That vivid memory resurfaced in 2004, when Bohs were again drawn to play Ringmahon Rangers in the Cup. But the match programme for that game also recalled the 1976 fixture, and it described Joe Burke’s goal as a header, not a shot from a free kick. I later checked the Irish Times archive, and unsurprisingly, the match programme was correct.

Again, in my (false) memory’s favour, Joe Burke scored many goals from free kicks just outside the box, in exactly the manner that I falsely remembered his goal against Ringmahon rangers. Perhaps my mind combined the significance of this particular goal (Bohs went on to win the Cup that year) with the type of goal he typically scored, to create a composite false memory. I don’t know.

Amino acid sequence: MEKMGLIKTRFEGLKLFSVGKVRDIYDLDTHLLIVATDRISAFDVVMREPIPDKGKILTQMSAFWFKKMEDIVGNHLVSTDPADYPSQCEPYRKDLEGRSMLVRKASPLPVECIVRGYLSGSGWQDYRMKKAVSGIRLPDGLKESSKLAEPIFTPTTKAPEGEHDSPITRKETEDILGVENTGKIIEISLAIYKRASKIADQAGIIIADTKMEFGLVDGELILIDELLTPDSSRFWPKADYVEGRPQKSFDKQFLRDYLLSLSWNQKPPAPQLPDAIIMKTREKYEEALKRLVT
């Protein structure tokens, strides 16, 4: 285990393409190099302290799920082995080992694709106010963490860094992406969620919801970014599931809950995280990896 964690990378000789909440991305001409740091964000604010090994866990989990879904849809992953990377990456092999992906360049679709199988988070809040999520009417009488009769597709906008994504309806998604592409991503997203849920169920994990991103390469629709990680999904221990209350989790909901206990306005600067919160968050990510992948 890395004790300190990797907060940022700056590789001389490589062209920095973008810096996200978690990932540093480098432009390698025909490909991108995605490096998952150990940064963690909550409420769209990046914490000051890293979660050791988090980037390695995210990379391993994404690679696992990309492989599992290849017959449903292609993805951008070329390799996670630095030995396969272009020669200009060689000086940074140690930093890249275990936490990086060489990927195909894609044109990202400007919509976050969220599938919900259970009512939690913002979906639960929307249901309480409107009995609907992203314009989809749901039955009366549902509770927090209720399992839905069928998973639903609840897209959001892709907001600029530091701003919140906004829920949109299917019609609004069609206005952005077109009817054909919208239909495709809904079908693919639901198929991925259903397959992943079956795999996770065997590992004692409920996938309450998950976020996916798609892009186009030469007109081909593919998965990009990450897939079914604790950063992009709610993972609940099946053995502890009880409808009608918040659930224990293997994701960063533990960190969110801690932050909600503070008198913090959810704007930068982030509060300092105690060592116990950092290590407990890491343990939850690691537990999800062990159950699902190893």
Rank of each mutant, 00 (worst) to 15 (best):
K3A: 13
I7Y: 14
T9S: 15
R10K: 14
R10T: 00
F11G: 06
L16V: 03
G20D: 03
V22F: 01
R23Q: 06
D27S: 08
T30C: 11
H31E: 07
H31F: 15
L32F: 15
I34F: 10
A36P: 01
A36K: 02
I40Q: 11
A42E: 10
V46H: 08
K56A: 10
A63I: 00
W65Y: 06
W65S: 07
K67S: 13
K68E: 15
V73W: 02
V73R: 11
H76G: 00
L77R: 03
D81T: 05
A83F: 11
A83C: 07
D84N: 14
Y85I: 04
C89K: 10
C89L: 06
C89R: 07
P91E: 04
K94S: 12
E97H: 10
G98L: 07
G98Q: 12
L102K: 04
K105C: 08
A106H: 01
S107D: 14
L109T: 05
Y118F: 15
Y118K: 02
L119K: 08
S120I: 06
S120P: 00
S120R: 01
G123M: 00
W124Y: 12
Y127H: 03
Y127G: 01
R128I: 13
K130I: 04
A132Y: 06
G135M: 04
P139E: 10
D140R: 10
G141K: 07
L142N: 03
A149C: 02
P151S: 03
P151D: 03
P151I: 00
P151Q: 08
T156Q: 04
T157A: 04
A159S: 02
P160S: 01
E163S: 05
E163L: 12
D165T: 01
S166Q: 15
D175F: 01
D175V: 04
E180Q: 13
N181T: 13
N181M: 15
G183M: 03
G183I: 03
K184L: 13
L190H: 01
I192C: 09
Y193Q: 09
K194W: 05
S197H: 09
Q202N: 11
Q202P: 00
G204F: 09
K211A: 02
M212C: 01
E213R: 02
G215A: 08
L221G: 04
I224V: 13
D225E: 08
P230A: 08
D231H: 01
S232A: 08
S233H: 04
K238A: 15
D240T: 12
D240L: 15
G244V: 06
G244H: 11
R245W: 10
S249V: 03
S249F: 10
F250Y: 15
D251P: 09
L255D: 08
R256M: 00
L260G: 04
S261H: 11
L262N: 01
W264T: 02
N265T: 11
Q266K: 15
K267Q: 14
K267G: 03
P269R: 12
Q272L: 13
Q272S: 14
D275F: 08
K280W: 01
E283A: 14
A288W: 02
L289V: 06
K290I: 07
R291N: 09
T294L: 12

But I still have two relatively obscure memories fixed in my mind, even though I know that both of them are false. I can still see Telly Savalas walking through a town that he never visited, and I can still see Joe Burke score a goal from a free kick that never happened. And I inevitably wonder how many more of my memories might later join this short list.

Telly Savalas visits my memory

10 thoughts on “Telly Savalas visits my memory

  1. Odin’s beard! Why the heck was Telly Savalas looking at Portsmouth in the first place?

    What a bizarre short. I hope the main feature was considerably better than that!

  2. The mind does funny things.

    The horrible thing is that so many criminal convictions can be based on witness testimony, which can be dodgy to say the least.